Why “Embodiment” is More Important Than “Immersion” – Inside XR Design

Our series Inside XR Design examines specific examples of great XR design. Today we’re looking at the game Synapse and exploring the concept of embodiment and what makes it important to VR games.

You can find the complete video below, or continue reading for an adapted text version.

Defining Embodiment

Welcome back to another episode of Inside XR design. Today I’m going to talk about Synapse (2023), a PSVR 2 exclusive game from developer nDreams. But specifically we’re gonna to look at the game through the lens of a concept called embodiment.

So what the hell is embodiment and why am I boring you talking about it rather than just talking about all the cool shooting, and explosions, and smart design in the game? Well, it’s going to help us understand why certain design decisions in Synapse are so effective. So stick with me here for just a minute.

Embodiment is a term I use to describe the feeling of being physically present within a VR experience. Like you’re actually standing there in the world that’s around you.

And now your reasonable response is, “but don’t we already use the word immersion for that?”

Well colloquially people certainly do, but I want to make an important distinction between ‘immersion’ and ‘embodiment’.

‘Immersion’, for the purposes of our discussion, is when something has your complete attention. We all agree that a movie can be immersive, right? When the story or action is so engrossing it’s almost like nothing outside of the theater even exists at that moment. But has even the most immersive movie you’ve ever seen made you think you were physically inside the movie? Certainly not.

And that’s where ’embodiment’ comes in. For the sake of specificity, I’m defining immersion as being about attention. On the other hand, embodiment is about your sense of physical presence and how it relates to the world around you.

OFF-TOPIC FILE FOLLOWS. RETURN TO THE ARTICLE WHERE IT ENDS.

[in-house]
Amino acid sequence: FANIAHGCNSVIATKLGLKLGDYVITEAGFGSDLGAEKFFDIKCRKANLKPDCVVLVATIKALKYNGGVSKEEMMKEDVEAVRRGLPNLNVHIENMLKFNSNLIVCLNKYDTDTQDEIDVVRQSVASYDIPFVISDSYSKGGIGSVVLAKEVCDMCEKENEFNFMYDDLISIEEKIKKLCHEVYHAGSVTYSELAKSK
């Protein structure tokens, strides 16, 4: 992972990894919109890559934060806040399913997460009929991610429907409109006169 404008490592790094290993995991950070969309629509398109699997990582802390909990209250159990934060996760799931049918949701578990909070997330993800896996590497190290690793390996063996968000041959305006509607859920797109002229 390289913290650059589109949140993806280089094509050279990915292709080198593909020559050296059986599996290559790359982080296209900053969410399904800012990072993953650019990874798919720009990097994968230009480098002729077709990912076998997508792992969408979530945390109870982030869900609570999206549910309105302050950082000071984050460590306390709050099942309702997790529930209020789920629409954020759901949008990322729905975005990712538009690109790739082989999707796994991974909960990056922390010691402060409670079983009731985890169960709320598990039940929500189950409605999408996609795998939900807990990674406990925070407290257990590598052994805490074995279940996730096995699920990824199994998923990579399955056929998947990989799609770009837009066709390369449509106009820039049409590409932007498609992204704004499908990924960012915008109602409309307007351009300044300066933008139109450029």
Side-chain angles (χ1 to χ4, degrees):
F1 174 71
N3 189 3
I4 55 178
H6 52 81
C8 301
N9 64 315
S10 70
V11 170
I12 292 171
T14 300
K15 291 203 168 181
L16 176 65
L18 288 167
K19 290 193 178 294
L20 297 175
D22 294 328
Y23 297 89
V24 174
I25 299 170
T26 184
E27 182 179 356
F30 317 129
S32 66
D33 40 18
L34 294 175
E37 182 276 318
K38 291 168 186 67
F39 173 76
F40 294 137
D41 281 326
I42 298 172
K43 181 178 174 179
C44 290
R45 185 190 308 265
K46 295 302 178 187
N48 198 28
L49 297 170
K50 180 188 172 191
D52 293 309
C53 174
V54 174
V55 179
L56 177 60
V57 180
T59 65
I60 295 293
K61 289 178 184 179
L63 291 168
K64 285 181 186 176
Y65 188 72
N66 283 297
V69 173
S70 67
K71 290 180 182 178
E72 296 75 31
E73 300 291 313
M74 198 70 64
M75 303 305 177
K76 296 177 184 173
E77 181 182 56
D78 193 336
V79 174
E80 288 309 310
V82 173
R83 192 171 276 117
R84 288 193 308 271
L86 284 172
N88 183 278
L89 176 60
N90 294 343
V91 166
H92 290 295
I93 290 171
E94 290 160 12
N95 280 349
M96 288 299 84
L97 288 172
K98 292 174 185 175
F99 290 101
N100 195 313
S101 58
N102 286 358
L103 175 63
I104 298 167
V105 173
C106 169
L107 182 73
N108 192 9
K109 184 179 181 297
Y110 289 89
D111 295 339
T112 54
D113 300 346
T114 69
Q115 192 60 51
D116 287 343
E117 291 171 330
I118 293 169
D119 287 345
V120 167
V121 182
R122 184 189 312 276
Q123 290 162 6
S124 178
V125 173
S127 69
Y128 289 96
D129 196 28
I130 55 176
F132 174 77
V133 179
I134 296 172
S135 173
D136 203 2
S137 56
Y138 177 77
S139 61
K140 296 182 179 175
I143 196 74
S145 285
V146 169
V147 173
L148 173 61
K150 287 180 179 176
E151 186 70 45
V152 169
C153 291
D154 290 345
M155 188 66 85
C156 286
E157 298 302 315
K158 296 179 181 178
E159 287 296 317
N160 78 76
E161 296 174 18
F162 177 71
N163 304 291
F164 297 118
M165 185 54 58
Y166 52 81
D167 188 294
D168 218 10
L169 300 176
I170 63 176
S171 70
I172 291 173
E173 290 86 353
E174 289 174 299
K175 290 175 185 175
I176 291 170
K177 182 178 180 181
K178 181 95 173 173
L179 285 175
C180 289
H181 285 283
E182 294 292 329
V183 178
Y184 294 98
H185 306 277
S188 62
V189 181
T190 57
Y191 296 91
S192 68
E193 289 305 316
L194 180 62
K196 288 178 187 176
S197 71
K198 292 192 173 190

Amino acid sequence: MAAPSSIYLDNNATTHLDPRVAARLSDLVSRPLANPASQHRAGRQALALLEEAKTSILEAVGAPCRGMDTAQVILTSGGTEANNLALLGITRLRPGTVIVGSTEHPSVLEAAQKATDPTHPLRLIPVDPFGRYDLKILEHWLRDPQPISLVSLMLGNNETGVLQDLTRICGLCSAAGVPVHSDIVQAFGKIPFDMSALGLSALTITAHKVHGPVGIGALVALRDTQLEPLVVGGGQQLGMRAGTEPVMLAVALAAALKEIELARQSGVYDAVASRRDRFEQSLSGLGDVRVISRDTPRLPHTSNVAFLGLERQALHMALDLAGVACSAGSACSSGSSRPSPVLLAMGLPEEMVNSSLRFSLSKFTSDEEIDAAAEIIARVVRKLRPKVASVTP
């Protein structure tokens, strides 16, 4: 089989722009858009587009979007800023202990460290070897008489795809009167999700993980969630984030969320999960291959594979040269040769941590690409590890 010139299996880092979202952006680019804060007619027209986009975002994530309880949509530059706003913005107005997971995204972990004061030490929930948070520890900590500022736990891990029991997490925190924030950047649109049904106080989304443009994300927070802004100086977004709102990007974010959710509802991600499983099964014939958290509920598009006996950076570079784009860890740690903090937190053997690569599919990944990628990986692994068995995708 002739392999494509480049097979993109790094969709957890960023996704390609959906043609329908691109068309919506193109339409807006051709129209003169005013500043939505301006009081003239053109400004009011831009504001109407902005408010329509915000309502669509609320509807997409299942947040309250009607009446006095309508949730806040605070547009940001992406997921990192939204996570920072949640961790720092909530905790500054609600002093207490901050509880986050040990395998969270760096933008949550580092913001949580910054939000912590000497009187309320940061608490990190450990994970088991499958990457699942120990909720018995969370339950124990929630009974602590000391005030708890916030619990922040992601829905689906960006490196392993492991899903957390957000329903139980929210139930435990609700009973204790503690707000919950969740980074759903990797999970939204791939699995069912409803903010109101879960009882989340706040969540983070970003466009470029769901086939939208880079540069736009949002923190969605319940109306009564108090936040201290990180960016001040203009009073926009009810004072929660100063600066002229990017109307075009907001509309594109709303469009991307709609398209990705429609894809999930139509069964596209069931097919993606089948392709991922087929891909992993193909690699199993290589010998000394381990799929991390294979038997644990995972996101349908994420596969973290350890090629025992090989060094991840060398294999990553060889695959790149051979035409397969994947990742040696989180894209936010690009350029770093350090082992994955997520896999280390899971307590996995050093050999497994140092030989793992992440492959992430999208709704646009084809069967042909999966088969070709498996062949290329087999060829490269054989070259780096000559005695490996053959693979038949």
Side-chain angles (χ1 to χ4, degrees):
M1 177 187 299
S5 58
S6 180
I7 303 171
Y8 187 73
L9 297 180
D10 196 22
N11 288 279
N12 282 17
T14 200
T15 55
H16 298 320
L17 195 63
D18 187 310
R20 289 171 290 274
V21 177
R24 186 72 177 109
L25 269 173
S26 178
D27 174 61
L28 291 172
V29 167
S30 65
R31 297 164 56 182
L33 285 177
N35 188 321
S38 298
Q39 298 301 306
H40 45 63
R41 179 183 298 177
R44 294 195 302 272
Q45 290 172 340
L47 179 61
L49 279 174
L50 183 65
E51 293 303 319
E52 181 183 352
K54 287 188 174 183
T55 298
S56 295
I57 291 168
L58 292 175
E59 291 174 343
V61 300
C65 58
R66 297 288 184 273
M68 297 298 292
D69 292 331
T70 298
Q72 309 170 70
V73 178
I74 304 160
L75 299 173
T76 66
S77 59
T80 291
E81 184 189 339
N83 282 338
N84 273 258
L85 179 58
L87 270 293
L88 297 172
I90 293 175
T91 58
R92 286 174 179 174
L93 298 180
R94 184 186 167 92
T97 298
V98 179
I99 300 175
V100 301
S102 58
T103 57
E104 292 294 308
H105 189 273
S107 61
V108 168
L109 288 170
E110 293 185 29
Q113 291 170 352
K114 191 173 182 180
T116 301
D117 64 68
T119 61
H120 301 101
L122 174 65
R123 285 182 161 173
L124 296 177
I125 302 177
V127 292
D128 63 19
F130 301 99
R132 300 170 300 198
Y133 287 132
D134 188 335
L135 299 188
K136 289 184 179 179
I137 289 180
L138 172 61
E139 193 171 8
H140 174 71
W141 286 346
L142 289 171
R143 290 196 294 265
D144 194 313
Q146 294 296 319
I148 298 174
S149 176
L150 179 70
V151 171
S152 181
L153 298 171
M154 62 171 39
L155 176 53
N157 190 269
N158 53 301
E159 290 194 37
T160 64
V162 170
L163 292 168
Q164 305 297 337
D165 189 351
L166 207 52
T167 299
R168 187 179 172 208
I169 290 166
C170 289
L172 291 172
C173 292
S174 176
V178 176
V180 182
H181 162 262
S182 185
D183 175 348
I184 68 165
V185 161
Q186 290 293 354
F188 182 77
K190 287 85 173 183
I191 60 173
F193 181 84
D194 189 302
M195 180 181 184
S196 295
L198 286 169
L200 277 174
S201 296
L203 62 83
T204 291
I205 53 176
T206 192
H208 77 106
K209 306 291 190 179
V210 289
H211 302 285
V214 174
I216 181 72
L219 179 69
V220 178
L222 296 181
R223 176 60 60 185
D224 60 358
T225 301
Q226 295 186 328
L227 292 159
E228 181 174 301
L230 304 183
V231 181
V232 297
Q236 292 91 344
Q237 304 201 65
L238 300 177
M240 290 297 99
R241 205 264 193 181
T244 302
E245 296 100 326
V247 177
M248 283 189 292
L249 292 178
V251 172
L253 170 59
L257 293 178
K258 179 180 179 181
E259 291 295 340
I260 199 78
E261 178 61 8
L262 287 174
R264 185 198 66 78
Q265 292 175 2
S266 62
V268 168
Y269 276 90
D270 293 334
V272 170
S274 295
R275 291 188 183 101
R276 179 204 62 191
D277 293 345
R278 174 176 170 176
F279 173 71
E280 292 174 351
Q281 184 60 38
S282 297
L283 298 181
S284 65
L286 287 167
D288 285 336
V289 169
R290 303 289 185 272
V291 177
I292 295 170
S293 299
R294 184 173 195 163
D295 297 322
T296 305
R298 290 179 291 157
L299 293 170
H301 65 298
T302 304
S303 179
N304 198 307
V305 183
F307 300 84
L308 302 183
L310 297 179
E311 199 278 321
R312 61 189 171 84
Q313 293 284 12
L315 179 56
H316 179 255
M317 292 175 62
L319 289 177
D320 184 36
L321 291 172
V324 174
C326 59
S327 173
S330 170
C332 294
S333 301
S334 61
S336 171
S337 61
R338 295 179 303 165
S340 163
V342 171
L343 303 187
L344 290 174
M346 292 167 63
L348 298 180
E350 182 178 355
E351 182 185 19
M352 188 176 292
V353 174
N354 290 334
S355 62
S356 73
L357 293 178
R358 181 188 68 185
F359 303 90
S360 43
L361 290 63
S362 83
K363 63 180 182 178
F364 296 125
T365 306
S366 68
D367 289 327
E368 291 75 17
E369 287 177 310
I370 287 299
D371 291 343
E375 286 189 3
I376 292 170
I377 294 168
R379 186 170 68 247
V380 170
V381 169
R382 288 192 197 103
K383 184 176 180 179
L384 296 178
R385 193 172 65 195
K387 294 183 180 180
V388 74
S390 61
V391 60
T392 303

So I think it’s important to recognize that all VR games get immersion for free. By literally taking over your vision and hearing, for the most part they automatically have your full attention. You are immersed the second you put on a headset.

But some VR games manage to push us one step further. They don’t just have our attention, they make us feel like our whole body has been transported into the virtual world. Like you’d actually feel things in the game if you reached out and touched them.

Ok, so immersion is attention and embodiment is the feeling of actually being there.

And to be clear, embodiment isn’t a binary thing. It’s a spectrum. Some VR games are slightly embodying, while others are very embodying. But what makes the difference?

That’s exactly what we’re going to talk about with Synapse.

Cover You Can Feel

At first glance, Synapse might look like a pretty common VR shooter, but there are several really intentional design decisions that drive a strong sense of embodiment. The first thing I want to talk about is the cover system.

Every VR shooter has cover. You can walk behind a wall and it will block shots for you. But beyond that, the wall doesn’t really physically relate to your actual body because you never actively engage with it. It’s just a stationary object.

But Synapse makes walls and other cover interactive by letting you grab it with your hand and pull your body in and out of cover. This feels really natural and works great for the gameplay.

And because you’re physically moving yourself in relation to the wall—instead of just strafing back and forth with a thumbstick—the wall starts to feel more real. Specifically, it feels more real because when you grab the wall and use it as an anchor from which to move, it’s subconsciously becoming part of your proprioceptive model.

Understanding Proprioception